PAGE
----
The governing equations are discretised using finite volume approach and the grid generator employs a multigrid linear solver to solve the dicretised equations using upwind difference. Recent, comparisons between CFD and the experiments have shown that the standard k - ε model is capable of predicting accurately the important global performance indicators, such as the entrainment and pressure lift ratios, and that the main difference between turbulence models lies in their prediction of local flow structure; Fan et al. [15]. The standard k - ε model is used to predict the turbulence in the straight and bend ducts. The computational domain starts 2D upstream the bend entrance and extends 2D downstream the bend exit. Uniform velocity was imposed at the downstream duct inlet plane of the bend with wall boundary conditions imposed on the top and bottom and also along the sides of the 90˚ square duct. The solution procedure of finite-volume descretization scheme, is solved over one grid system that has a cross-sectional cell density of (ID = 45, JD = 45, KD = 135) or 91125 cells shown in Figure 5.

In the current study, air is used as the carrier fluid and is flowing at a bulk velocity (V_{b}) of 9.6 m/s, the Reynolds number based on the bulk velocity, hydraulic diameter of the square cross-section and kinematic viscosity of air is (Re = 1.708 × 10^{5}) and the pressure at the outlet is 101,325 Pa.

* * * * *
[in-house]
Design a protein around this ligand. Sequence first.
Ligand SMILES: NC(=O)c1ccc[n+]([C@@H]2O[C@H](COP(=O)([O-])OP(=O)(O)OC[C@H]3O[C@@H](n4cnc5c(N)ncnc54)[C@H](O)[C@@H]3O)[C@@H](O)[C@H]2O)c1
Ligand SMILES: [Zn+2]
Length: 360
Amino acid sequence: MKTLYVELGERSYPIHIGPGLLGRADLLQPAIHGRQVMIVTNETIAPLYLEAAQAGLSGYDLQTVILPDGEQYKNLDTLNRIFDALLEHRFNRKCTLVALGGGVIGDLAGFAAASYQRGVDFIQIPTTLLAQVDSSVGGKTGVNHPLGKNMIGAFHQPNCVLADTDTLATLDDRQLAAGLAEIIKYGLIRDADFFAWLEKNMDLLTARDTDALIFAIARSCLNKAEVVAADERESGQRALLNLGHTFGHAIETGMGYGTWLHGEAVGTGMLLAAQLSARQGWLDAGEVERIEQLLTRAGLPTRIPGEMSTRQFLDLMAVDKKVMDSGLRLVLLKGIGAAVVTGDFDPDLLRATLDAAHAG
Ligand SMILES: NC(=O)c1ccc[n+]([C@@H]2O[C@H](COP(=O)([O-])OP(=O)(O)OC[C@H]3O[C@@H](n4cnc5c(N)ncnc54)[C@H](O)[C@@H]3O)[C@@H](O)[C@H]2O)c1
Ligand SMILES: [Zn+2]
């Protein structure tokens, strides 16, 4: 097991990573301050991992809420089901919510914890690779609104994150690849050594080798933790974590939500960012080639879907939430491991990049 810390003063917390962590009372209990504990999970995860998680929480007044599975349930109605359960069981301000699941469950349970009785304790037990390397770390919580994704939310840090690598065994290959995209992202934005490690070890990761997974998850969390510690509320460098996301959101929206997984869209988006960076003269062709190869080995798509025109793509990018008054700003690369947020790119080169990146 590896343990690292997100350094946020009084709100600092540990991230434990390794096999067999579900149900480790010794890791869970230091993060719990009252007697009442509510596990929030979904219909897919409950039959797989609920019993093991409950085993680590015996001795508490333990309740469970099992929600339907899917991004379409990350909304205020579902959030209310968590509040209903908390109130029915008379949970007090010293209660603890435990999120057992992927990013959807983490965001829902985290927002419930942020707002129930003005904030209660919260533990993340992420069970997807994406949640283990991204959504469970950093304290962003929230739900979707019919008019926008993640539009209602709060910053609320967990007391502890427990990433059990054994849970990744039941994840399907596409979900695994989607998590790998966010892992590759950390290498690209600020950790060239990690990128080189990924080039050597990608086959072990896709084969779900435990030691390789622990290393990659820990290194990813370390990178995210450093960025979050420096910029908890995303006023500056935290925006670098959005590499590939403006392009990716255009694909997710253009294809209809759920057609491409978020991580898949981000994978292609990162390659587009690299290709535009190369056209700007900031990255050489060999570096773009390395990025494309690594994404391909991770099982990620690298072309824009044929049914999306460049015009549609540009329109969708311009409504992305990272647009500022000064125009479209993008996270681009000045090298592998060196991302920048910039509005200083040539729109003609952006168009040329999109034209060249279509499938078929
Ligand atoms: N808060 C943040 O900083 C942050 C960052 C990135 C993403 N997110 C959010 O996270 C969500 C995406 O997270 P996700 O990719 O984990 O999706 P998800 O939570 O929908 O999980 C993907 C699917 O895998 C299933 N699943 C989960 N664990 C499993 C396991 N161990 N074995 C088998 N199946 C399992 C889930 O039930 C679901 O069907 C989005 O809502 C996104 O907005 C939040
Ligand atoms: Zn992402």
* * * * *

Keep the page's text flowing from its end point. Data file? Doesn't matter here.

Moreover a grid independent test is carried over using three grid system of (ID = 30, JD = 30, KD = 90) or 81,000 cells and the second one with a a mesh size of (ID = 30, JD = 30, KD = 90) or 273,375 cells and the third one is finer with a mesh size of (ID = 60, JD = 60, KD = 180) or 648,000 cells. The fine and medium cases showed the same results.

3.2. Solid Phase

The most widely applied method available to determine the behavior of the dispersed phase is to track several individual particles through the flow field. Each particle represents a sample of particles that follow an identical path. The behavior of the tracked particles is used to describe the average behavior of the dispersed phase. This